Aluminum vs. Steel

Most truck racks are made from either steel or aluminum. Both materials have their advantages and disadvantages, depending on what you’re going to be using the rack for. Steel racks are extremely strong and durable, and are often cheaper in price than aluminum racks. Because of the density of the material, steel racks have a greater resistance to fatigue and bending than aluminum, and will work well if you’re loading and unloading heavy materials multiple times a day. While many steel racks are powder coated to make them last longer, steel is still more susceptible to rust and corrosion than aluminum. Keep this in mind if you will be traveling in areas that use salt on the roads during the winter. If weight is a concern when choosing your truck rack, aluminum might be your best choice. Aluminum is not as dense as steel, and aluminum racks typically will weigh about 1/3 less than their steel counterparts, giving your truck better gas mileage.

Universal Racks vs. Model Specific Styles

Universal vs model specific truck racks

If there is a truck rack specific to your make and model of truck, you may find yourself wondering if you should splurge on the model specific truck rack, or invest in a universal rack. Model specific truck racks, like these RyderRacks, are more expensive than universal racks, as they’re designed for a perfect custom fit in your specific truck. On model specific racks most, if not all, of the joints are welded together to provide a cleaner look with a minimal amount of exposed nuts and bolts. If you want the guarantee that the truck rack you purchase is going to fit absolutely perfectly and look great, a model specific truck rack is the way to go.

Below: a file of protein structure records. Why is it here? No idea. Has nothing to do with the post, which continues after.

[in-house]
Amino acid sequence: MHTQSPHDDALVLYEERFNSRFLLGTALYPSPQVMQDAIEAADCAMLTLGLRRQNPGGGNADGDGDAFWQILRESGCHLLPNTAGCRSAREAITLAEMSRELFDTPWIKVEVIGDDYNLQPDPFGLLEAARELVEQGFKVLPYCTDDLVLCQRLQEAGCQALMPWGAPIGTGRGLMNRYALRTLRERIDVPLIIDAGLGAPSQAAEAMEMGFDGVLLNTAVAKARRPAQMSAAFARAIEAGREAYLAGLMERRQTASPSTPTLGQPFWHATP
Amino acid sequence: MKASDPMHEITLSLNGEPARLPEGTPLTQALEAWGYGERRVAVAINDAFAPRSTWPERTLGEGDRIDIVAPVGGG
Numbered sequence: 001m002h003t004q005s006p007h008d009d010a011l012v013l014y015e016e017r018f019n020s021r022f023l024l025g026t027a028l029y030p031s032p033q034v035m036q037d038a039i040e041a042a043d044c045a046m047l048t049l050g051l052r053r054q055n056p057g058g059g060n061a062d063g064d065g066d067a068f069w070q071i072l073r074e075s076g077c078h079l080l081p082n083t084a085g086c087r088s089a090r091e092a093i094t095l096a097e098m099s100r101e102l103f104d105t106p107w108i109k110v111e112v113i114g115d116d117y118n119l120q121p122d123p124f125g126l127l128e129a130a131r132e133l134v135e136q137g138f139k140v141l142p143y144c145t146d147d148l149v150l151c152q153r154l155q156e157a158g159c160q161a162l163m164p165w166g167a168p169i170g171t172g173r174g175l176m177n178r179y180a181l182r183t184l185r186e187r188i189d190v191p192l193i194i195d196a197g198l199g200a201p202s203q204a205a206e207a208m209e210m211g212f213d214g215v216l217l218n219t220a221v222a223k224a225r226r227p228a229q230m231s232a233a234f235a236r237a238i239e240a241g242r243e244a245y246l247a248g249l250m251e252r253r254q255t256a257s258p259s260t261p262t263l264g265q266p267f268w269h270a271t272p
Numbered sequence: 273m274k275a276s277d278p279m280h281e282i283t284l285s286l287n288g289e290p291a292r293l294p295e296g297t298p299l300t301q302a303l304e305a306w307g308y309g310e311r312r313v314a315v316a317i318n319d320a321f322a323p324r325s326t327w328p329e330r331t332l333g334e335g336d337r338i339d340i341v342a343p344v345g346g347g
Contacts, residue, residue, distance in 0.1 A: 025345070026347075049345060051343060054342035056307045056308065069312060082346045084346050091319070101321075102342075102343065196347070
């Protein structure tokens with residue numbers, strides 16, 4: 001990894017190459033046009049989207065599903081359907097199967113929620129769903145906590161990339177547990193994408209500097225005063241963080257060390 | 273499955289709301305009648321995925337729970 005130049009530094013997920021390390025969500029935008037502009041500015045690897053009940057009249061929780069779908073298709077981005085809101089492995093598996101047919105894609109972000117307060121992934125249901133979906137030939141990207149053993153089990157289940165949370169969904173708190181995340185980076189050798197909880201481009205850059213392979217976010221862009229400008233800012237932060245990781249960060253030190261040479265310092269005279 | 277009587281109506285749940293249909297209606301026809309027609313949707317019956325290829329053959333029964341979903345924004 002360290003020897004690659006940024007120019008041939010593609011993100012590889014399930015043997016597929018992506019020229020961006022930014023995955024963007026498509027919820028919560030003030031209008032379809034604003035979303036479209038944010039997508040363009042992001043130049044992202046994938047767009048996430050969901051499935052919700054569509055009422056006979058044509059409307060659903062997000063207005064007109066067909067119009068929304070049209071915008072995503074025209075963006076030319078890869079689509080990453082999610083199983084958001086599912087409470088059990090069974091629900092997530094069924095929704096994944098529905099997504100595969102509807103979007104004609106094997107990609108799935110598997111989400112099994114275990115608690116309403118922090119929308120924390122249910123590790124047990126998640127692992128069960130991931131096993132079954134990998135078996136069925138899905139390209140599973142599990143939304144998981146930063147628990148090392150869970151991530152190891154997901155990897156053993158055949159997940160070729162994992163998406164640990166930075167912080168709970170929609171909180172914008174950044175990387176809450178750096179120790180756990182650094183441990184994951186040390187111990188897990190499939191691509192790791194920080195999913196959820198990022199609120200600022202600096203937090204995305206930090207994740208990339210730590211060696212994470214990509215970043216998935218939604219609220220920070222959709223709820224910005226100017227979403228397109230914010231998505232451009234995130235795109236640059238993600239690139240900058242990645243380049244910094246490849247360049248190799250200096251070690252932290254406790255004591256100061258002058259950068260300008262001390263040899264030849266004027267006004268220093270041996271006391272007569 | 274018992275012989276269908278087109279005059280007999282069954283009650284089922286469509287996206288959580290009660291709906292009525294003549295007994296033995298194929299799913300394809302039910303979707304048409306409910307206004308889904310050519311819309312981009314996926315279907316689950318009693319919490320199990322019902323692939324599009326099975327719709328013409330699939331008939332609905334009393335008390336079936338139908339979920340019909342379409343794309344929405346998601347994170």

Universal truck racks have adjustable widths to ensure that they will fit on any truck model. Because they’re universal you can easily transfer them from one truck to another. If you have a universal rack, and happen to upgrade your truck for a different make and model, you will still be able to use that same truck rack without buying a new one. Clearly this wouldn’t be the case if you had a model-specific truck rack. Whichever way you go, both model specific and universal racks will offer you large-load capacity, and the ability to take your materials from point A to point B with ease.

Other Things to Consider

Many truck racks come with extra features to consider. Some over bed racks come with side rails and removable cross bars for hauling taller cargo. Integrated headache racks are another great feature included in some truck racks, and will protect your cab window from being broken by loose cargo.

Whichever truck rack you decide to purchase, it is important to make sure that all of your cargo is safely secured on your truck rack and in your truck bed. Cargo bars, truck bed nets, anchors, and tie downs will all ensure you and your cargo safely reach your destination.

Happy Hauling

Once you know exactly what you will be using your truck rack for, and what conditions you will be using it in, you’ll be able to pick out the perfect rack to suit your needs. Ready to start shopping? Check out Discount Ramps for a great selection of over bed racks, universal racks, truck bed extenders and more.